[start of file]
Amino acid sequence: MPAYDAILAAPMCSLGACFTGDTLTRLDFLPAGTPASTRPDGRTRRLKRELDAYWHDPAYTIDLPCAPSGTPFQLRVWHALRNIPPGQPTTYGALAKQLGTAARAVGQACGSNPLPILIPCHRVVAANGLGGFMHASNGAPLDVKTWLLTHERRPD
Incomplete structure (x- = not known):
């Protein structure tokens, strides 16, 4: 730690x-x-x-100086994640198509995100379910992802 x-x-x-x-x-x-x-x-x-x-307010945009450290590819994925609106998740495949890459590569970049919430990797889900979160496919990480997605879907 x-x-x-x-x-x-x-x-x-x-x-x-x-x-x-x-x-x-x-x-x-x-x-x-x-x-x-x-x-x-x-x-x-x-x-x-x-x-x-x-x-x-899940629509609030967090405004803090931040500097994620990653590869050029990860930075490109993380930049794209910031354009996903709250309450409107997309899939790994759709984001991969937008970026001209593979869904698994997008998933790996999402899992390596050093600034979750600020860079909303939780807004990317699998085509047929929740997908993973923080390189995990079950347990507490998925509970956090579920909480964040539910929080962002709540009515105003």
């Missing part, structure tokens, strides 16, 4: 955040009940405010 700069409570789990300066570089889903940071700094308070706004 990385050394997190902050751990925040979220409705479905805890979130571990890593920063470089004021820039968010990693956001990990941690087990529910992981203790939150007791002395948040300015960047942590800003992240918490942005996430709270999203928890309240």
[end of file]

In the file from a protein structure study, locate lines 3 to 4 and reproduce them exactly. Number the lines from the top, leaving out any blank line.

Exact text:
């Protein structure tokens, strides 16, 4: 730690x-x-x-100086994640198509995100379910992802 x-x-x-x-x-x-x-x-x-x-307010945009450290590819994925609106998740495949890459590569970049919430990797889900979160496919990480997605879907 x-x-x-x-x-x-x-x-x-x-x-x-x-x-x-x-x-x-x-x-x-x-x-x-x-x-x-x-x-x-x-x-x-x-x-x-x-x-x-x-x-x-899940629509609030967090405004803090931040500097994620990653590869050029990860930075490109993380930049794209910031354009996903709250309450409107997309899939790994759709984001991969937008970026001209593979869904698994997008998933790996999402899992390596050093600034979750600020860079909303939780807004990317699998085509047929929740997908993973923080390189995990079950347990507490998925509970956090579920909480964040539910929080962002709540009515105003």
């Missing part, structure tokens, strides 16, 4: 955040009940405010 700069409570789990300066570089889903940071700094308070706004 990385050394997190902050751990925040979220409705479905805890979130571990890593920063470089004021820039968010990693956001990990941690087990529910992981203790939150007791002395948040300015960047942590800003992240918490942005996430709270999203928890309240």